On the flip side, Johan Santana is the only Twins player with a positive WPA of at least 1.0 against New York during that same time (Mauer leads all Twins hitters vs. the Yankees, at +0.9 WPA). When facing the Yankees in the playoffs since 2002, the Twins went 2-2 with Santana on the mound. They went 0-10 with anyone else starting.

Now, in fairness, most fan bases are sick of being beaten up by the Yankees, who have the best record in baseball since 2002 (yes, even if their near-automatic wins vs. the Twins are removed). Of the 15 teams that New York has played at least 40 times since 2002—the 14 other AL teams, plus their interleague rival New York Mets—the Yankees have a winning record against all of them. Certainly, the Yankees’ overall dominance from 2002-2017 explains some of their Twins-specific dominance. They were always in the playoffs, and always waiting to ruin the Twins’ season.

In nearly every one of those 16 seasons—including the postseason matchups—the Yankees were simply superior to the Twins. And in some of those 16 seasons, like 2011 to 2016, they were a vastly superior team. Given that, you’d expect the Yankees to have a winning record against the Twins, perhaps by a fairly wide margin.

But the manhandling is on another level, even by Yankees’ standards. New York’s winning percentage against the Twins since 2002 is .730, which is 66 points higher than their next-best mark (.664 versus the Royals). And from 2002-2017, the Twins have the 13th-best record in baseball, playing otherwise winning ball.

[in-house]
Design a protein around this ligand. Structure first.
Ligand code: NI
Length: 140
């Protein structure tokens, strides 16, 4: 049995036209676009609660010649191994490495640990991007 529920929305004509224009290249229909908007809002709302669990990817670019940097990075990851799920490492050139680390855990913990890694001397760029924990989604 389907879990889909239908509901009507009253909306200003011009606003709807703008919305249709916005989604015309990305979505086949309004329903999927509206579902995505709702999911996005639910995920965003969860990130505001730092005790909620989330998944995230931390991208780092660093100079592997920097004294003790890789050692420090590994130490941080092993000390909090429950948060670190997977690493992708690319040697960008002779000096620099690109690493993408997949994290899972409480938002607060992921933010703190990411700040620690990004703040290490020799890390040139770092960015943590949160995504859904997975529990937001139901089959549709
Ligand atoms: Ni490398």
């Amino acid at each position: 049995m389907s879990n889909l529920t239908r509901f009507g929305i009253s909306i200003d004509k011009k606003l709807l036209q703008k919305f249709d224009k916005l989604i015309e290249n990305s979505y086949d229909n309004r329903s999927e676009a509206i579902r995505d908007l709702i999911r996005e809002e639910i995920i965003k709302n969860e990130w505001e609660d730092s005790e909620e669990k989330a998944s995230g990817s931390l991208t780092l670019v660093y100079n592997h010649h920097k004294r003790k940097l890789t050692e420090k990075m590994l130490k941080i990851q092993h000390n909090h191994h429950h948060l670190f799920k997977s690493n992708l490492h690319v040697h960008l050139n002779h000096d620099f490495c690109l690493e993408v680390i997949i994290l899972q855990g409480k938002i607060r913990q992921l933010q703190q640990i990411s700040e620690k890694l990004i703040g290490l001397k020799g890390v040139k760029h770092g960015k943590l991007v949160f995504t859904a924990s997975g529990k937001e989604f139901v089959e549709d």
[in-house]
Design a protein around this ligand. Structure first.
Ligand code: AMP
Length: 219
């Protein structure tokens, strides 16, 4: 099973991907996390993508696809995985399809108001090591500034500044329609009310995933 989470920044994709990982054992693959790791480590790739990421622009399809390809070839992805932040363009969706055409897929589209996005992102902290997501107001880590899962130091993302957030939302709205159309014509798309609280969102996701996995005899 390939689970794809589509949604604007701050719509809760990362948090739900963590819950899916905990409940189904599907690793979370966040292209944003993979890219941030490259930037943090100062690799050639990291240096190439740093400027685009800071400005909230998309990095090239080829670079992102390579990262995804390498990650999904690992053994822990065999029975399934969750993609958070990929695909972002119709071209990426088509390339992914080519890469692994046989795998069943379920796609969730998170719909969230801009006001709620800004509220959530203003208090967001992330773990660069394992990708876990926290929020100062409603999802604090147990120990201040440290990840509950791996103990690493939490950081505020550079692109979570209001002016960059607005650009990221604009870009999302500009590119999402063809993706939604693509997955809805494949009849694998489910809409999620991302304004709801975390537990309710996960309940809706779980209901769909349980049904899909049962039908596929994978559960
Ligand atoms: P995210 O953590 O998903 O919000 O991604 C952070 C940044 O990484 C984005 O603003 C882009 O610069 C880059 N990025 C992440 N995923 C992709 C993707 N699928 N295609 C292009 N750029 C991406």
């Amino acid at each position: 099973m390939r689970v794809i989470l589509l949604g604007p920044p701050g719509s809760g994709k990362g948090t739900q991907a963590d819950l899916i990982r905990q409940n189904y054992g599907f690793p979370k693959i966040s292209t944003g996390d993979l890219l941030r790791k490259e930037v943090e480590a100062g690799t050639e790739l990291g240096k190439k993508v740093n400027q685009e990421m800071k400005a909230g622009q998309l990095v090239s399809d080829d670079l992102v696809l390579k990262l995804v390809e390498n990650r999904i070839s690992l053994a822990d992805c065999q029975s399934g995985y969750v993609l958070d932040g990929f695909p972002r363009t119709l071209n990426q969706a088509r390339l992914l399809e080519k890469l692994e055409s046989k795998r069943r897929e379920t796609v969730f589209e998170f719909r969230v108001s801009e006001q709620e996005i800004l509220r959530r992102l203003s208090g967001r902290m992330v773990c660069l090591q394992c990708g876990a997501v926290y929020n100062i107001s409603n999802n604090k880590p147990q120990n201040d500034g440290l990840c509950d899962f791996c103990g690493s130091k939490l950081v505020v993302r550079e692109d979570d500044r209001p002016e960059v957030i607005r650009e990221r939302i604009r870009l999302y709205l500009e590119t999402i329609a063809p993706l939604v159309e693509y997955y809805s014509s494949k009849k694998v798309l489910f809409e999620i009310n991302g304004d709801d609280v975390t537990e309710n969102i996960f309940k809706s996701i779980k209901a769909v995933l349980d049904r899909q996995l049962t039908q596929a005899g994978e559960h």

At some point you’d expect luck, or randomness, or chance, or karma to favor the Twins in these matchups, at least once a decade or so. It never has.

So now the Twins are fresh off another three-game spanking at Yankee Stadium, with fans already dreading going back there for a potential Wild Card game. What’s the point of even securing the Wild Card if it just means another sure loss in the Bronx? It’s difficult to blame a Twins fan for taking that view, but here’s the thing: There's a certain "any given Sunday" (or Tuesday, as it were) aspect to a one-game coin flip, and even the Yankees aren’t immune (just ask the 2015 Astros).

The longer a playoff series, the better chance a superior/favored team has to move on. That’s why there are fewer upsets in seven-game series, and why March Madness is so delightfully insane. If the Yankees and Twins played a best-of-100 series, the Twins would have little chance. Even a five-game series would be daunting.

But one game? Anything can happen, and at worst the Twins would likely be 65/35 or 70/30 underdogs, which is roughly the same odds Mauer has of getting a hit in any at-bat. Or think of it this way: As awful as things have gone in these matchups, the Twins have 33 wins vs. the Yankees since 2002. What’s one more?

[Update: This happened.]

Aaron Gleeman is editor in chief of Baseball Prospectus, and co-hosts the "Gleeman and the Geek"  podcast and KFAN radio show.